December 22, 2010
Buenos Aires – Three border guards standing watch over a state-owned property on the outskirts of the Argentine capital were hospitalized after being shot by suspected squatters, authorities said.
The incident occurred at a 45-hectare (110-acre) property in the Buenos Aires suburb of Lanus, the Security Ministry said in a statement, adding that the three guards were hospitalized with gunshot wounds but are now “out of danger.”
Meanwhile, the president of Argentinos Juniors, Luis Segura, said a group of local residents had occupied land the soccer club owns in southern Buenos Aires with the purpose of building makeshift homes.
“We have the club surrounded,” Segura said, referring to land Argentinos Juniors owns in the Villa Soldati neighborhood near Indo-American Park, the scene of clashes earlier this month between land grabbers and police and local residents that left two Bolivian immigrants and a Paraguayan man dead.
The takeover of the park by some 13,000 slum dwellers demanding better quality housing, most of them foreigners, was part of a larger wave of squatter occupations of public and private land in Greater Buenos Aires.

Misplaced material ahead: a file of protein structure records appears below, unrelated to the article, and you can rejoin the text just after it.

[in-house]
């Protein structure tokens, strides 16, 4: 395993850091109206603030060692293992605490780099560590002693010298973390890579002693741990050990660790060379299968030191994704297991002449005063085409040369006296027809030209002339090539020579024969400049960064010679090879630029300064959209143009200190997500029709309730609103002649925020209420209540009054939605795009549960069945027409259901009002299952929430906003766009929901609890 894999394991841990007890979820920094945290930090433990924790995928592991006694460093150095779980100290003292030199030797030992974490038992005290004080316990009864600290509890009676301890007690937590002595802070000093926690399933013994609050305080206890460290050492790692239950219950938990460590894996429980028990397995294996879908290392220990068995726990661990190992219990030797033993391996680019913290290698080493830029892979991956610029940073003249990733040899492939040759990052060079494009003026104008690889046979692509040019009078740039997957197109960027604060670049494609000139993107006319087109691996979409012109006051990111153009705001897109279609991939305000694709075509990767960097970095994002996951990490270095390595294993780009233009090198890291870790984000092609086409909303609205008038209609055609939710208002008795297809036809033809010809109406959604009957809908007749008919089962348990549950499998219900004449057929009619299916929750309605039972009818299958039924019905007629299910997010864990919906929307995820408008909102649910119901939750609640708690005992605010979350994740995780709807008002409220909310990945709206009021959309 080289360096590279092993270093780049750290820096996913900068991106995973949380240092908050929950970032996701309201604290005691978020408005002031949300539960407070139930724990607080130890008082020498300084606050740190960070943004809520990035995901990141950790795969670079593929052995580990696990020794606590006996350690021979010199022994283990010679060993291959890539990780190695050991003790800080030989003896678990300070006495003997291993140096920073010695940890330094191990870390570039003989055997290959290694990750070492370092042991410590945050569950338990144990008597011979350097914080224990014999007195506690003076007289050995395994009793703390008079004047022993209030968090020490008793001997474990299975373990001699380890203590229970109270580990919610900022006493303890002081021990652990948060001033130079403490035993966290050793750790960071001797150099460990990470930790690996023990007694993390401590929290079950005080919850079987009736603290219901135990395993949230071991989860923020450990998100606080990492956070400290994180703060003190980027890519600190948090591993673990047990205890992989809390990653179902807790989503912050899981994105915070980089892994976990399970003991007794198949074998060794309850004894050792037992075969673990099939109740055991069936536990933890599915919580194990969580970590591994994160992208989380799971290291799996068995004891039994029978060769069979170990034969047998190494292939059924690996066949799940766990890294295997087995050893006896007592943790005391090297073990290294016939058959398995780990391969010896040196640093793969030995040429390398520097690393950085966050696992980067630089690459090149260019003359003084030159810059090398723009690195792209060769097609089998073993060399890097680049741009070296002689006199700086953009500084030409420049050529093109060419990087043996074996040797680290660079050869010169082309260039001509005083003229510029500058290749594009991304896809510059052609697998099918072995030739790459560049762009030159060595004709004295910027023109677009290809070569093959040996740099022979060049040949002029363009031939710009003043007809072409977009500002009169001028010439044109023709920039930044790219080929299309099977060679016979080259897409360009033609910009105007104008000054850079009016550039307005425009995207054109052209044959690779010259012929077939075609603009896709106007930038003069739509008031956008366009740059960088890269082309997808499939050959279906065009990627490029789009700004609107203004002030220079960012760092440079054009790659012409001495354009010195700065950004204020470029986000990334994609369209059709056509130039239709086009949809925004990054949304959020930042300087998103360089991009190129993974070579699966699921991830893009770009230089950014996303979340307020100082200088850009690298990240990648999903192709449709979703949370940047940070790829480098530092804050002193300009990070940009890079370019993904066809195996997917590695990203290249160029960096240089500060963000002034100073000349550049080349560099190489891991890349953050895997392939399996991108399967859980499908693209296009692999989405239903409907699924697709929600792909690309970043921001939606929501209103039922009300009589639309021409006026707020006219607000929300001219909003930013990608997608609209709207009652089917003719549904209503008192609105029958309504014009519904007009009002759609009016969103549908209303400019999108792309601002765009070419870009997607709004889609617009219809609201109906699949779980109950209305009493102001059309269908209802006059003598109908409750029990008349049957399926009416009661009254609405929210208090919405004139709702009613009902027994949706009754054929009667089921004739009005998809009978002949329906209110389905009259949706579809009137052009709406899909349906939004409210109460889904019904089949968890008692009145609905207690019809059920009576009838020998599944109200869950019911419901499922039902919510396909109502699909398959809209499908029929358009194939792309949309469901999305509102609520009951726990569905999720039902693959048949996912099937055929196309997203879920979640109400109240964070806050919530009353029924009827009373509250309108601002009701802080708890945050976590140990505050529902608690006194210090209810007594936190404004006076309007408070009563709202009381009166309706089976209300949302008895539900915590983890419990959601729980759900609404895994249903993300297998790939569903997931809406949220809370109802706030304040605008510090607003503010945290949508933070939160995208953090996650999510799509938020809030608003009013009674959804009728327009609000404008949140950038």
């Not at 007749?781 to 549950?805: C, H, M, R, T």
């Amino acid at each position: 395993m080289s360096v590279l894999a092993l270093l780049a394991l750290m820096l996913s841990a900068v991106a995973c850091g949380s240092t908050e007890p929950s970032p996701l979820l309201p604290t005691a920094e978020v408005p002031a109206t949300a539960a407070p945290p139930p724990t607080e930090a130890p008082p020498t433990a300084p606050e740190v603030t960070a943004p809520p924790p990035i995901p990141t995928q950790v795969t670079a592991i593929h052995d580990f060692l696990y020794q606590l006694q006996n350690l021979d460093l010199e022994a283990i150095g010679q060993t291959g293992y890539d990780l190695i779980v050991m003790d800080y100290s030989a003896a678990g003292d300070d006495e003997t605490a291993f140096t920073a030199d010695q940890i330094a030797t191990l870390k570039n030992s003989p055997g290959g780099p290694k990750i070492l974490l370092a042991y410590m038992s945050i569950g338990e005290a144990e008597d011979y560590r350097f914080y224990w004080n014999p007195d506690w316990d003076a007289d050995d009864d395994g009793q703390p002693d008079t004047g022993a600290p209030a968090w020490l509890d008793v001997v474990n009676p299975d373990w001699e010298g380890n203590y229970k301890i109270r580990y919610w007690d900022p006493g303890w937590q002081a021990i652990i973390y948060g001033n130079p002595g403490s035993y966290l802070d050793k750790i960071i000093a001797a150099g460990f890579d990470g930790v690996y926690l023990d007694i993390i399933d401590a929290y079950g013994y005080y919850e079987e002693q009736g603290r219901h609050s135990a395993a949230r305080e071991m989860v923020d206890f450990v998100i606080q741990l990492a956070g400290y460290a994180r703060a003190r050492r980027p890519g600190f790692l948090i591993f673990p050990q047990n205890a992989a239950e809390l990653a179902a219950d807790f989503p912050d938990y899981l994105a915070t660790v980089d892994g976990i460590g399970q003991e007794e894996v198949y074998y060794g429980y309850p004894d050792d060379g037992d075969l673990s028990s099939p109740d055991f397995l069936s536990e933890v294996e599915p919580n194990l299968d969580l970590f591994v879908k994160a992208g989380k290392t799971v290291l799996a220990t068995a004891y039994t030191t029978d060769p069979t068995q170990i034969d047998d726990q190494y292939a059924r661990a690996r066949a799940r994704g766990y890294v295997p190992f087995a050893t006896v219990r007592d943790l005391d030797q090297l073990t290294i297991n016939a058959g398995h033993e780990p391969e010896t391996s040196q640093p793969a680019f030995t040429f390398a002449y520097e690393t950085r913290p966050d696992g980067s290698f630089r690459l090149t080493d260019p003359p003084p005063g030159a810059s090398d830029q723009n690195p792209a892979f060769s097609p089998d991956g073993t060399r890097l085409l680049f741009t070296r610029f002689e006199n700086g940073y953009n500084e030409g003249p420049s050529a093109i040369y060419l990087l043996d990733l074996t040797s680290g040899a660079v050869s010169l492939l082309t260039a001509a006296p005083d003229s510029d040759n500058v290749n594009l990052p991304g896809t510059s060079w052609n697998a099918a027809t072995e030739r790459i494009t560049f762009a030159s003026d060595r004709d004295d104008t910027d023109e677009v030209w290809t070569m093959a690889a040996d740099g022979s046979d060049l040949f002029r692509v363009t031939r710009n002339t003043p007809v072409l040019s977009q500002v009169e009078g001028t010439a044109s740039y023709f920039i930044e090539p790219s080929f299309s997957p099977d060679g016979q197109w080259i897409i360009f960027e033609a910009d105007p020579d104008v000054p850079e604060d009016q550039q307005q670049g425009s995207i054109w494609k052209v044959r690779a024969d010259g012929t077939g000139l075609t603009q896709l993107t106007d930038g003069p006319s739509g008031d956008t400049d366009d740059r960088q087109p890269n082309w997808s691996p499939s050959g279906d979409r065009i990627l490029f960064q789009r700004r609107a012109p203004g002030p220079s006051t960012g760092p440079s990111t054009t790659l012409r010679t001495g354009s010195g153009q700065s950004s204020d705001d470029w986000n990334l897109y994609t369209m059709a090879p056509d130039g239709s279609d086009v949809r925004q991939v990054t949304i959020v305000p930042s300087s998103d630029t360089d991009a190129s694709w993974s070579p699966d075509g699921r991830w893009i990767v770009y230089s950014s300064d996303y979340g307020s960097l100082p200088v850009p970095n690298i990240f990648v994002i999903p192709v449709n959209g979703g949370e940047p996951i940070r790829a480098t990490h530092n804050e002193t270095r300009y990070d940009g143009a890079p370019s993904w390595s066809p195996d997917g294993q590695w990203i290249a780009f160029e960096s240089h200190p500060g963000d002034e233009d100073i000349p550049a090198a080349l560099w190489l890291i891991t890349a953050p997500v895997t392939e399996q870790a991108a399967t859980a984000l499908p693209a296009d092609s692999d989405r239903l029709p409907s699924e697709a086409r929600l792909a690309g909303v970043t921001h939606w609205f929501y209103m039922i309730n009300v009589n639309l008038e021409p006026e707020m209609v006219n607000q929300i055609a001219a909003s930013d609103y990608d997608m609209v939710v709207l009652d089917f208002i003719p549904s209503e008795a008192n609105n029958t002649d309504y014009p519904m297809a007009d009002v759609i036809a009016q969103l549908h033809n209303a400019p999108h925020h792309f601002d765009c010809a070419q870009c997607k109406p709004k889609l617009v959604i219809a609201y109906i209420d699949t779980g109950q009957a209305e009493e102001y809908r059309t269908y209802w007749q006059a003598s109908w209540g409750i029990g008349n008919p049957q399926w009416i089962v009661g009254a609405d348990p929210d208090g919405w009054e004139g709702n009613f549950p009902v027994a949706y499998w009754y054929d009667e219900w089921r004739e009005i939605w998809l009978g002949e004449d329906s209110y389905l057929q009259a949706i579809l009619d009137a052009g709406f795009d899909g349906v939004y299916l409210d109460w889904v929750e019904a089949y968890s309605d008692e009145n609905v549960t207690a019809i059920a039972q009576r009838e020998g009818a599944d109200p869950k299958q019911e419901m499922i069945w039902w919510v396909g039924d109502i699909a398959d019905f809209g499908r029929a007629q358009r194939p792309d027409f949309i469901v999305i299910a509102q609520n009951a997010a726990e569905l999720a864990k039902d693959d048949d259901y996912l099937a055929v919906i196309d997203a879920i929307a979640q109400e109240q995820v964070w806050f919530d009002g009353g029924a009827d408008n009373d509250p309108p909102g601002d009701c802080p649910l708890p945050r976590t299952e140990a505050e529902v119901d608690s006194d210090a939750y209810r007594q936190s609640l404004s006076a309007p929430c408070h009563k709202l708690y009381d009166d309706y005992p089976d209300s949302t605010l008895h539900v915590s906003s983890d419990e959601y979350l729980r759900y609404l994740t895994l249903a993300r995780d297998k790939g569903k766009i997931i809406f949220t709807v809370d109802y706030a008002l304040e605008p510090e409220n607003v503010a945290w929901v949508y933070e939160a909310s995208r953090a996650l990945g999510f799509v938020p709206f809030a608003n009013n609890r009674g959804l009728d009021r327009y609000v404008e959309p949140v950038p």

Almost all of the occupied properties – including Indo-American Park – were peacefully vacated after federal and city authorities pledged to provide low-cost housing loans, although tensions were still high at a sports field occupied nine days ago by hundreds of homeless families.
A judge on Tuesday night ordered the arrest of two men suspected of organizing the illegal takeover of that property, known as the Alvariño club, sources close to the investigation said.
The day before, Buenos Aires Mayor Mauricio Macri had called on President Cristina Fernandez to order the evacuation of the premises after violent confrontations broke out between squatters and local residents angered by their presence.
Security Minister Nilda Garre, however, said the federal government was working on a plan to peacefully vacate the property and added that it will not use force to repress the squatters.
In addition to creating the ministry headed by Garre, President Fernandez on Monday implemented a security plan for the Buenos Aires metropolitan area that includes assigning 6,000 border guards to crime-fighting duties.
Macri has blamed the squatter problem on Fernandez’s government, saying the conflicts were the result of “uncontrolled emigration” to Argentina and the actions of “drug traffickers and criminals.”
Fernandez responded by accusing Macri of “xenophobic” remarks and asking the forgiveness of the country’s “Paraguayan and Bolivian brothers and sisters.”